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Accueil du site > Projets de recherche financés en cours > Projet ERC Philosophie de la Gravitation Quantique Canonique > Evénements > Workshop Hermann Weyl and the philosophy of the ’new physics’


Workshop Hermann Weyl and the philosophy of the ’new physics’


DECEMBER 10-11, 2014


Organizers :
Gabriel Catren and Silvia De Bianchi

This workshop has received funding from
the Evert Willem Beth Foundation
the European Research Council
under the European Community’s Seventh Framework Programme
(FP7/2007-2013 Grant Agreement N° 263523,
ERC Project PhiloQuantumGravity).

Lecturers :
John L. Bell (Western University – Ontario), Julien Bernard
 (Zukunftskolleg – Konstanz),
Gabriel Catren (CNRS, SPHERE), Silvia De Bianchi
 (Autonomous Univ. of Barcelona), Christophe Eckes
 (Université de Nancy), Jeremy Gray
 (Open University – London),
Carlos Lobo (Collège International de Philosophie – Paris), Thomas Ryckman
 (Stanford University),
Erhard Scholz (Wuppertal University), Norman Sieroka (ETH Zurich).

– Programme and abstracts underneath : Wednesday December 10, Thursday December 11
Practical Informations
– Downloads : Programme and map of campus (1.2 Mo)



, Building Buffon, 15 rue Hélène Brion, 75013 (map of campus)
9:30 Registration open
Session I
10:00 - 11:00
Norman Sieroka (ETH Zurich) :
Surface aspects and surrogative reasoning : dual descriptions in Weyl and Leibniz.
During the 1920s Weyl sought for a kind of dual description of general relativity and (quantum) theories of subatomic matter. He worked on field physics as characterising "surface aspects" of something which is not itself in four-dimensional spacetime and took this to be an accomplishment of the programmatic framework of the then "new physics" outlined by Leibniz. I will sketch some of the striking parallels between Leibniz’s "surrogative reasoning " and the central methodological characteristics of Weyl’s approach. Afterwards, I will draw some tentative conclusions about the prospective limits of this general descriptive framework which, arguably, lifes on (and even flourishes) today in so-called "holographic principles" (such as AdS/CFT). If time allows, I will conclude with some remarks on another philosopher who has been very influential on Weyl – namely Husserl – and on how his remarks about the relation between physics and mathematics relate to Leibniz’s "surrogative reasoning".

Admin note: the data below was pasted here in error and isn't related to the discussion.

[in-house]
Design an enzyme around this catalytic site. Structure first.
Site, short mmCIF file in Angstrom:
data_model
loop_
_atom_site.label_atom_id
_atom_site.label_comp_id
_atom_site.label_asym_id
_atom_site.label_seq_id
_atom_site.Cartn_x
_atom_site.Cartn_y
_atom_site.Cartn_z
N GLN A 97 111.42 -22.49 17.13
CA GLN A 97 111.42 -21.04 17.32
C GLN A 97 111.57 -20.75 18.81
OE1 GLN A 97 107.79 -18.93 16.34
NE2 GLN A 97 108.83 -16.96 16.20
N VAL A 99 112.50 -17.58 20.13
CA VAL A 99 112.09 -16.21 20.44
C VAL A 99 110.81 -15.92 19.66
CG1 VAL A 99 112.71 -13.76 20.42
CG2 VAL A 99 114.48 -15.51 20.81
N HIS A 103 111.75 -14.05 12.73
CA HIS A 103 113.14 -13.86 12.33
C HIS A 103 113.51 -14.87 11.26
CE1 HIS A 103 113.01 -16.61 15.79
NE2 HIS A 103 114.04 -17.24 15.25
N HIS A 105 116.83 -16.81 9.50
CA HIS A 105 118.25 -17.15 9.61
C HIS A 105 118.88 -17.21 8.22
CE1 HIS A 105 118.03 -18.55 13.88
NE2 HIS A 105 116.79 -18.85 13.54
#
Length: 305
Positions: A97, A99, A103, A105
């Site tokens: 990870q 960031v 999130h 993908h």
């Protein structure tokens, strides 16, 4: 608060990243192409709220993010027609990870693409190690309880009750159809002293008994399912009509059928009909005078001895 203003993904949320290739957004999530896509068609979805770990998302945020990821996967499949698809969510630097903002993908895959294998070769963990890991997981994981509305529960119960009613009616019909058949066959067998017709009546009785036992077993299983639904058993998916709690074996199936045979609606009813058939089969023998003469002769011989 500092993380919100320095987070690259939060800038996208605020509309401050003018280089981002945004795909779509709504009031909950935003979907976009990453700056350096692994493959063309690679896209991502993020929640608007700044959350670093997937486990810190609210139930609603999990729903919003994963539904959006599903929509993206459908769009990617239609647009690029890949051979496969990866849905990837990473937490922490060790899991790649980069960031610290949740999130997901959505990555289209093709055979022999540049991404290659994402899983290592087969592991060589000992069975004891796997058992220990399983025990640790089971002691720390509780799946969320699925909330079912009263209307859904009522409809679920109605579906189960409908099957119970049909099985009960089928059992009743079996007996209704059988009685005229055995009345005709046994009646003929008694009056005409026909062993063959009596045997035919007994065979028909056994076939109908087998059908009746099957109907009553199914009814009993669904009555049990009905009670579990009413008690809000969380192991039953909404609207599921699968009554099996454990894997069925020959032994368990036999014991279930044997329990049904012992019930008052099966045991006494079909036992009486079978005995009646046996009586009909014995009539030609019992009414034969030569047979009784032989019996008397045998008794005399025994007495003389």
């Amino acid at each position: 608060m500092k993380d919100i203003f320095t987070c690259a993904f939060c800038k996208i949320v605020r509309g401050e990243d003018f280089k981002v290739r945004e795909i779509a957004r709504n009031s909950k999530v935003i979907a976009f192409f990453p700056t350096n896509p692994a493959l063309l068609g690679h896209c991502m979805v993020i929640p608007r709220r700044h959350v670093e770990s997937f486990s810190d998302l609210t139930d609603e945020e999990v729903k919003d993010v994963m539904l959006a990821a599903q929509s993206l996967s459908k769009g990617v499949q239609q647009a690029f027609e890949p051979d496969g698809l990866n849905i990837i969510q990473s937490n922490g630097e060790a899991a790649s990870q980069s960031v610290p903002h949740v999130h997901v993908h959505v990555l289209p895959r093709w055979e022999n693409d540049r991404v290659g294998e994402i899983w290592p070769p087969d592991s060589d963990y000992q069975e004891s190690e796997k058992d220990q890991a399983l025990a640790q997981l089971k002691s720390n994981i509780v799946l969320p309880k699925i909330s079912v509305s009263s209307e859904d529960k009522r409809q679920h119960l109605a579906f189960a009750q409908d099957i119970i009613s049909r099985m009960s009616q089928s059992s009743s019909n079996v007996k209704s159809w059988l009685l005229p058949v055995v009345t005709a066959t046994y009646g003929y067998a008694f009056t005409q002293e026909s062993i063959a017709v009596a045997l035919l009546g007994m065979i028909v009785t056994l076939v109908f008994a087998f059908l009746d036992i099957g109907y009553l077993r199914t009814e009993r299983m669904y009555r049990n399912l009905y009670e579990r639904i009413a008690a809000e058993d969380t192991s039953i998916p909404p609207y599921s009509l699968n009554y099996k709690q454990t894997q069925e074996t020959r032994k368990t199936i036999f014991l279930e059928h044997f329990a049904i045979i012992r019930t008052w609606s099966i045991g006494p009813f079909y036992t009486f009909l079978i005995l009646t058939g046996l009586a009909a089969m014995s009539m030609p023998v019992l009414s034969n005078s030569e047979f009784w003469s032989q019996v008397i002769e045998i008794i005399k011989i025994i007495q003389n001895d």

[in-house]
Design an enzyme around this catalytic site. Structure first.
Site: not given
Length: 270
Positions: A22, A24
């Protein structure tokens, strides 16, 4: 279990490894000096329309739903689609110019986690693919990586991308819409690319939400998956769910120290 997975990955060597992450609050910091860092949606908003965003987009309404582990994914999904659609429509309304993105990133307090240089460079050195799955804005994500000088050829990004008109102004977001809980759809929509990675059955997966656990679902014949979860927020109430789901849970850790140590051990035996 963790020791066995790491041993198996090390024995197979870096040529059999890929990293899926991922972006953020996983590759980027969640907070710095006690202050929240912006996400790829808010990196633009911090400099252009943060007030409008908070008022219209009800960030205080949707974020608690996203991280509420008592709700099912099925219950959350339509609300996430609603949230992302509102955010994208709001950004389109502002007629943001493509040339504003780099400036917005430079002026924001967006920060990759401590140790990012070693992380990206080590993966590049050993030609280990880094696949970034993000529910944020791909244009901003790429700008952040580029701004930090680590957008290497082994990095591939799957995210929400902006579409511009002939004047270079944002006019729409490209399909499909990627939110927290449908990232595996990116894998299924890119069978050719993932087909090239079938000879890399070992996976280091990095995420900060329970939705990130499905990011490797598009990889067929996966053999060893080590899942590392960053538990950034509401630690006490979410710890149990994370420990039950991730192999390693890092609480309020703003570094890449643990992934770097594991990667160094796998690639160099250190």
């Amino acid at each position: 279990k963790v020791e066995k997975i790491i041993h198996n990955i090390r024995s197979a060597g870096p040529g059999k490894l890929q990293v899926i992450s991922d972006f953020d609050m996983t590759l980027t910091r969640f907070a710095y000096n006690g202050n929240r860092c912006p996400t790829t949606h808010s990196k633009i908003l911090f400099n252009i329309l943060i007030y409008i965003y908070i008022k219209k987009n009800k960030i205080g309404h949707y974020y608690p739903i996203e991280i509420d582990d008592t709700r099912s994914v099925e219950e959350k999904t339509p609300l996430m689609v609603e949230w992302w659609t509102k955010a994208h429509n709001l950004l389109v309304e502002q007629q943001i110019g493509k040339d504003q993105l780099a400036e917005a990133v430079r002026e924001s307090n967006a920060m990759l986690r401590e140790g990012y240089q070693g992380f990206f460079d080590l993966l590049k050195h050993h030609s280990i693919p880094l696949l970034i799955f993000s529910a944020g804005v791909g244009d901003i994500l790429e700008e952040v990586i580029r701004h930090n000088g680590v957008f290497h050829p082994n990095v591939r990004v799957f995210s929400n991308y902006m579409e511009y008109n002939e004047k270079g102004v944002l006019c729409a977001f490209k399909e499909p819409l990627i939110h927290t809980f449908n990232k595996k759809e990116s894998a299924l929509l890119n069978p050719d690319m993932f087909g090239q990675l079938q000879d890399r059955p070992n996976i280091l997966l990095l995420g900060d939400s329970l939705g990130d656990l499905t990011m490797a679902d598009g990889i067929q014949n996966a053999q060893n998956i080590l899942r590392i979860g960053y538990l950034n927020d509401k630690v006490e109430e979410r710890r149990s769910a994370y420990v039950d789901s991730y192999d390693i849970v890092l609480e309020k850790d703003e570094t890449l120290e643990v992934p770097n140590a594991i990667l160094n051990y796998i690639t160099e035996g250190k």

Coffee Break

11:30 - 12:30
Gabriel Catren (CNRS, SPHERE) :
In Weyl’s Footsteps : Towards a Group-Theoretical Ontology for Quantum Systems.
We shall argue that Weyl’s reflections on the notion of symmetry implicitly convey – beyond his explicit statements concerning the interpretation of quantum mechanics – a group-theoretical ontology for quantum systems. This ontology results from the interplay between two thesis, namely 1) that thesis according to which quantum states can be interpreted in terms of what Weyl characterizes as “structure-endowed entities” equipped with a “group of automorphisms” (H. Weyl, Symmetry), and 2) the thesis according to which quantum numbers “are indices characterizing representations of groups.” (H. Weyl, Theory of Groups and Quantum Mechanics). These thesis can be naturally unified by claiming that the quantum numbers defining a given state are indices that fix a representation of the state’s group of automorphisms. We shall argue that this statement, far from being trivial, entails a strong constraint on the set of invariant properties of a physical system, constraint that can be understood as the seed of Heisenberg indeterminacy principle.


Session II
AMPHI 2 (1er étage), Building Olympe De Gouges, 8, rue Albert Einstein, 75013 Paris (map of campus)

14:30 - 15:30
John L. Bell (Western University – Ontario) :
Hermann Weyl’s Views on the Foundations of Mathematics and Physics as Informed by his Philosophical Outlook.
Weyl’s views on the foundations of mathematics and physics were strongly influenced by his philosophical orientation, which was fundamentally idealist, although certain “realist” touches seem also to be present in his account of physics. In my talk I shall, inter alia, attempt to describe Weyl’s metaphysics and how from it emerged his differing accounts of the foundations of mathematics and physics, the former in principle directly accessible to intuition, the latter requiring the use of what Weyl termed symbolic construction - the representation of the real world by symbolic means.

15:30 - 16:30
Carlos Lobo (Collège International de Philosophie – Paris) :
Relativity and intersubjectivity in Weyl’s philosophy.